Disengaging a Sheared Garage Door Torsion Spring- Do it Safely

If you hear a loud ‘ping’ coming from your garage and then notice your garage door no longer functions properly, there’s a good chance the torsion spring has snapped. Torsion springs are placed on each side of the garage door and provide the lifting power to open and close the door. These springs are under high tension and can cause serious injury if not disengaged safely when broken. In this post, I’ll show you how to disengage a sheared garage door torsion spring as quickly as possible while prioritizing safety.

garage door spring repair Midlothian

Safety First

The first step when disengaging a broken torsion spring is safety. Those springs store a tremendous amount of potential energy and can whip around fast if not secured properly. Make sure to wear protective eyewear like safety goggles or glasses before beginning this process. You’ll also want thick work gloves on to protect your hands in case the spring comes loose unexpectedly. It’s also a good idea to have someone help you as an extra set of eyes and hands.

Locate and Mark the Broken Ends

With safety gear on, inspect the torsion springs on each side of the door to locate which one is broken. You’ll see the remains of the coil hanging free from the shaft it normally wraps around. Use a marker or grease pencil to mark the broken end of the spring coil so you know exactly where it is. This helps sight the detached ends for securement later.

Wrap the Broken Ends

The next crucial safety step is wrapping the loose ends of the broken spring. This prevents them from whipping around if they come loose from the securement step. Wrap the ends tightly with several layers of duct tape so they are fully encapsulated and can’t move freely. Make sure the tape is thick and fully covers the broken ends.

Secure the Spring Ends

Now it’s time to actually secure the broken spring ends so the spring tension is released from the system. Gently insert a board or 2×4 piece of wood between one of the spring coils and the wall to take pressure off that side. On the other side, lace a nylon strap or rope around the broken end and pull it tight before tying it off securely. Slowly remove the board and check that the spring is now slack and torsion has been removed.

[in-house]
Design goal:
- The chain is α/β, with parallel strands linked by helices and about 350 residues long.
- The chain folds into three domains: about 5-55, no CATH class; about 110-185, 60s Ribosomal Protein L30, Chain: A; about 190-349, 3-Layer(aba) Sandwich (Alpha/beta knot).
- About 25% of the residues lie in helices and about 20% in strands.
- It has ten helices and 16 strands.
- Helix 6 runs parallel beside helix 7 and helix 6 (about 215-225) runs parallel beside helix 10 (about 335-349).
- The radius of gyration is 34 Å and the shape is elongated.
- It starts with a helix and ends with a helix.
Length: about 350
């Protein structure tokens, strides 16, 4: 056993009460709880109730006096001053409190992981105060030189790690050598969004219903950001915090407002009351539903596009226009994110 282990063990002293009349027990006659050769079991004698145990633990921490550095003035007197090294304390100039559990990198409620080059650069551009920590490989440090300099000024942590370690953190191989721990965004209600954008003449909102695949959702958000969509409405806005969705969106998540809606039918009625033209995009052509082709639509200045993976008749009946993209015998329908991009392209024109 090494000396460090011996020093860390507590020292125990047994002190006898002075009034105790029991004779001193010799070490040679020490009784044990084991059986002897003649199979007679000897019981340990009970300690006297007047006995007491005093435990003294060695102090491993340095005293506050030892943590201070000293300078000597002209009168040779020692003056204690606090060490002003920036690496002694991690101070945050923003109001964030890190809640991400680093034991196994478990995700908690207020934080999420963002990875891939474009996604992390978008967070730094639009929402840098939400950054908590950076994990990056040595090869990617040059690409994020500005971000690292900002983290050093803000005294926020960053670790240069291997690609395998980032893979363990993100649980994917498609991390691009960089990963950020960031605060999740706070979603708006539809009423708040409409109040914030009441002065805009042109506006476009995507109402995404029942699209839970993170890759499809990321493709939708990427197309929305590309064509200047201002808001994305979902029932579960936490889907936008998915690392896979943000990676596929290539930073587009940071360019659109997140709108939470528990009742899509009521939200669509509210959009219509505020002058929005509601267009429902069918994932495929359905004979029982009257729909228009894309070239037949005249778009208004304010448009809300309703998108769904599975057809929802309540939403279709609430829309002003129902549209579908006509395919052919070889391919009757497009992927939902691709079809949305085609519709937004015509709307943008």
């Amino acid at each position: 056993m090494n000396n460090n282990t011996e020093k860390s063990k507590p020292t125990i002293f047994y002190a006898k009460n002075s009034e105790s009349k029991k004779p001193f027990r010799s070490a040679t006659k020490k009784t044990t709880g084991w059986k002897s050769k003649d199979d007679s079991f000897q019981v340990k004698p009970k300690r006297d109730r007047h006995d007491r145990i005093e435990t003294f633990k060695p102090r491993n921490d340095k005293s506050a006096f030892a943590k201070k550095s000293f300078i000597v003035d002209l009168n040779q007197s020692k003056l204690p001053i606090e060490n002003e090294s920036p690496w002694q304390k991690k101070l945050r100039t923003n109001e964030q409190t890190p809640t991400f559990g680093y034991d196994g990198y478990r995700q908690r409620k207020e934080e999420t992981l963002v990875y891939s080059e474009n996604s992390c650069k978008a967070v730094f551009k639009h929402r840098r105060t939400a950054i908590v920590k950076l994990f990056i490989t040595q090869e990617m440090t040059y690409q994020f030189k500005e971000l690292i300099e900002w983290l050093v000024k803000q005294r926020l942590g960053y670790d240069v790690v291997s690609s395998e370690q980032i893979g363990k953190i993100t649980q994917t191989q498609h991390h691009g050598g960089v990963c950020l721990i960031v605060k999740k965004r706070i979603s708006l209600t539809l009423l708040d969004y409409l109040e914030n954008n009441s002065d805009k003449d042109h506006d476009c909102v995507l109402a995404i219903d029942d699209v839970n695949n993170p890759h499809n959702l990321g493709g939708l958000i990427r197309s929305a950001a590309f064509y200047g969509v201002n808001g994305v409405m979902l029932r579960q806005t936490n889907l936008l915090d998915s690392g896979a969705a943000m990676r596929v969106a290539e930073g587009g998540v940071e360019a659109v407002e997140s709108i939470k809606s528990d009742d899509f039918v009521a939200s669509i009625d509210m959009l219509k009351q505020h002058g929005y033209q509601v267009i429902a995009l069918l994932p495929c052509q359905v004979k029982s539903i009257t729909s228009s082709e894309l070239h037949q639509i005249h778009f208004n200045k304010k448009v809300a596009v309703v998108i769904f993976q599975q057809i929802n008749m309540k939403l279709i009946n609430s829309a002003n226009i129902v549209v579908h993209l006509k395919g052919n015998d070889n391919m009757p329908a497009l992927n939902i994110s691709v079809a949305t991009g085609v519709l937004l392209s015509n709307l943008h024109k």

Remove the Spring

With the spring fully disengaged, you can now remove it from the system. Starting at one end, carefully unwind the spring coils so it lifts outward and away from the garage door system. Watch for any remaining tension and go slow. Slide out and remove the entire spring and dispose of it properly. Be sure both sides are now empty before moving to install the replacement.

Consider Professional Help

While disengaging a busted torsion spring yourself provides satisfaction from a DIY project, it really is dangerous work. The tremendous energy stored in those springs can cause serious injury if something goes wrong. As such, you may want to consider calling a pro like Garage Door Spring Repair in Midlothian to safely remove and replace the springs instead. Experienced technicians have the right tools and know-how to do the job rapidly while minimizing risks. It’s often worth paying a small fee for the assurance of safety on such a hazardous repair.

Replacing the Springs

With the broken springs out, you are now ready to install the new replacement springs. Most replacement springs come with detailed instructions for proper installation. Be sure the new springs are oriented and mounted correctly before attaching supports, cables and other components. Take time to double check all parts are in working order before testing the fully repaired garage door. With any luck, it should function like new once more.

In summary – torsion garage door springs can be downright dangerous if broken. However, by prioritizing safety, marking, wrapping and carefully securing the spring ends, you can disengage one quickly when needed. Still, professional help may provide piece of mind given the risks. The small investment ensures a safe repair and prevention of potential injuries down the road.